Recovery using metadata
When this technique is possible, it yields the most complete results. Metadata is structural information about the files and folders maintained by a file system, such as:
File recovery using metadata is the most basic and preferred technique. It can restore
both the file contents and folder structures. Basically File Scavenger™ scans a drive looking for file system metadata and uses the metadata to
reconstruct the files and folders.
- The file (or folder) name and the path of the parent folder.
- The date and time the file (or folder) was created.
- Who can access the file (or folder) and with what access rights (such as read, write and execute.)
- Most importantly the size and locations on disk of the contents. The contents of a file are user data. The contents of a folder are the metadata of
the files and sub-folders contained inside the folder.
This technique works well when metadata is still present, such as in the following scenarios:
This technique is not possible without metadata, such as in the following scenarios:
- Volume corruption due to transient hardware issues, power interruption, etc. causing the volume to become inaccessible.
- Volume deletion. The operating system usually removes the volume from a master table but otherwise leaves intact the metadata contained inside the volume.
- Some file systems such as NTFS preserve the metadata when a file is deleted
- Some file systems such as NTFS and XFS preserve most metadata when a volume is reformatted.
- The metadata has been overwritten due to various reasons.
- ext3, ext4, UFS1, UFS2, FAT and FAT32 zero out all or part of the metadata when a file is deleted.
- ext3, ext4, UFS1, UFS2, FAT and FAT32 zero out most metadata when a volume is reformatted.
When file system metadata is absent, File Scavenger™ resorts to raw recovery. This technique works for file types with a unique data patterns that
indicate where a file begins and ends. The beginning of a file can be detected by the presence of a unique "header". The header may also contain the length of the
file, therefore indicating where the file ends. For example, a bitmap (.BMP) file starts with a unique bitmap header that also contains the length of the bitmap file.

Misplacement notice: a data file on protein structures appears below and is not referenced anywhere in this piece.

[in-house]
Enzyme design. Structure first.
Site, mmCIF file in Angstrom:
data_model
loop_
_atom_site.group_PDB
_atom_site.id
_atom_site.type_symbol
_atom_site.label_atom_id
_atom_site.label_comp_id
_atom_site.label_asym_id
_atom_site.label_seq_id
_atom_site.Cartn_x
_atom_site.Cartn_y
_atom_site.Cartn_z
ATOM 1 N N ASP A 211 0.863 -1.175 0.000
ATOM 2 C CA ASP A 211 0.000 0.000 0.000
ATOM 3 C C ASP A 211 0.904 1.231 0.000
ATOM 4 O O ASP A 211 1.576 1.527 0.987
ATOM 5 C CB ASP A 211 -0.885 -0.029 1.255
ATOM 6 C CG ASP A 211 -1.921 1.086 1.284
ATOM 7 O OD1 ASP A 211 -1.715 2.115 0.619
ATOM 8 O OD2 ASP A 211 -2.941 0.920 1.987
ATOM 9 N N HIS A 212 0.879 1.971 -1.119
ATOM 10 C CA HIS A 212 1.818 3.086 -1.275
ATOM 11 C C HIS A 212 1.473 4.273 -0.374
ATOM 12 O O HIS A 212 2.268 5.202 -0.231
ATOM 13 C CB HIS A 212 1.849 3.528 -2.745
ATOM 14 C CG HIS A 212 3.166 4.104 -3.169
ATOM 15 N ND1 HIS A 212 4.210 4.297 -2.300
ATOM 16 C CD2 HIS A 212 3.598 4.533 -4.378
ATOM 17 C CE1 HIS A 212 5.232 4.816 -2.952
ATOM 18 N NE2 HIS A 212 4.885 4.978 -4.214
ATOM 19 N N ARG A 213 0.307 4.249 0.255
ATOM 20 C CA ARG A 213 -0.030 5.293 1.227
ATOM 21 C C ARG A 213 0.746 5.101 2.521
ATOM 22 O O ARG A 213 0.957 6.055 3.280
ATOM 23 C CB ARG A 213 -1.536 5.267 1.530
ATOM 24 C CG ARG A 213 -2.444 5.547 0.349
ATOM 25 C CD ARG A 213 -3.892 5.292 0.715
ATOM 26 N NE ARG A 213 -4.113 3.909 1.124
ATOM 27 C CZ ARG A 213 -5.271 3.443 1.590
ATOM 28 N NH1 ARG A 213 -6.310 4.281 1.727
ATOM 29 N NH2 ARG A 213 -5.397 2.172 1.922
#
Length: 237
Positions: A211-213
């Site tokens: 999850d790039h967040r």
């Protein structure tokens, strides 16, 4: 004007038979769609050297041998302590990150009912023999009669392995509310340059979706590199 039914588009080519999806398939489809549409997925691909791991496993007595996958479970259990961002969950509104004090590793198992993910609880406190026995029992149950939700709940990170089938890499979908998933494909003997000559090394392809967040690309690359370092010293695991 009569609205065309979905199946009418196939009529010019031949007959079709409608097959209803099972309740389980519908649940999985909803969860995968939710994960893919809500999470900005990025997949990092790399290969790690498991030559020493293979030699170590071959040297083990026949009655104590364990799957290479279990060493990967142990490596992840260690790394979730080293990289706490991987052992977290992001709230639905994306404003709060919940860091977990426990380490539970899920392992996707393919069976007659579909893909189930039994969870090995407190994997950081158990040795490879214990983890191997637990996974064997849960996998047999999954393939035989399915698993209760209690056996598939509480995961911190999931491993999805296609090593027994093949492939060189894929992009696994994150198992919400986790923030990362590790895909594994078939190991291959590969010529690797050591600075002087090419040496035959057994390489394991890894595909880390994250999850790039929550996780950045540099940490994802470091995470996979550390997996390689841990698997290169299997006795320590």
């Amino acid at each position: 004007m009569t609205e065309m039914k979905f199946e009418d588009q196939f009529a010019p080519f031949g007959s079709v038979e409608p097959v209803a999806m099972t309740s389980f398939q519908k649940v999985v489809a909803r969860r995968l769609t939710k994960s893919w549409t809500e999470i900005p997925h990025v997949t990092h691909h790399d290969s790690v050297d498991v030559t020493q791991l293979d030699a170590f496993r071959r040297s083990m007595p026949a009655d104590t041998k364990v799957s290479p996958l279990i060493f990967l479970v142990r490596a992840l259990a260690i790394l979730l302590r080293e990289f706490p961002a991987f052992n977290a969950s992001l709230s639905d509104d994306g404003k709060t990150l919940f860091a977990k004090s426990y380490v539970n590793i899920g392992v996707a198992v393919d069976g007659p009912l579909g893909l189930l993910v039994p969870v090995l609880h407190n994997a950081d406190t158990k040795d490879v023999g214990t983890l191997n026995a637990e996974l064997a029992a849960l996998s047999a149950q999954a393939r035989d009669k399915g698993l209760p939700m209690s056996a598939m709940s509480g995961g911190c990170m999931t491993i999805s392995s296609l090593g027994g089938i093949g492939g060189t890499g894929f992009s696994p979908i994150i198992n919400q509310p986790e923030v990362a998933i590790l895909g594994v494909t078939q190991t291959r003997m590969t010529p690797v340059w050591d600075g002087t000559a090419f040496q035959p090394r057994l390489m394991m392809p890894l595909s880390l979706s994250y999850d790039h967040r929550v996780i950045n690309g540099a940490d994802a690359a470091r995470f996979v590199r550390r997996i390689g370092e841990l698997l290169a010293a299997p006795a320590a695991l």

When the header does not contain the length, a unique end-of-file data pattern may exist, such as in the case of a PDF file. The following file types have a
unique header and are well suited for raw recovery: JPEG, bitmap, PDF, ZIP, etc.
Raw recovery restores a file without the original name and folder path. This limitation necessitates manually sorting out the recovered files.
For a large number of files this task may be practically impossible.
Raw recovery requires the contents of a file to be contiguous on disk. For a file with fragmented contents, it can
restore the first fragment but will miss the remaining fragments.
File contents are usually contiguous when the file is first created on or copied to a volume. The contents become fragmented when the file is modified.
The data storage scheme used by ext3, UFS1 and UFS2 causes all files larger than 12 blocks (a block
is usually 4KB) to have fragmented contents.
In many cases this technique can recover a file with fragmented contents when the file's metadata is either missing or incomplete. It is very complex and only
possible for certain file types with detectable data patterns. It consists of two steps:
File carving uses many complex algorithms specific to the file type and individual situation. It is too complex to be incorporated in a program. Instead it is available
only through our fee-based data recovery service, primarily for high-valued data due to the associated costs. For example we used this technique to recover
several VHD files on a reformatted ext3 volume. In principle a reformatted ext3 volume is unrecoverable because most metadata is zeroed out. However
using our knowledge of VHD file format, we were able to recover the VHD files.
- Detect the file fragments by looking for the file type's data patterns.
- Using knowledge of the file format, arrange the fragments in the correct order to form the original file.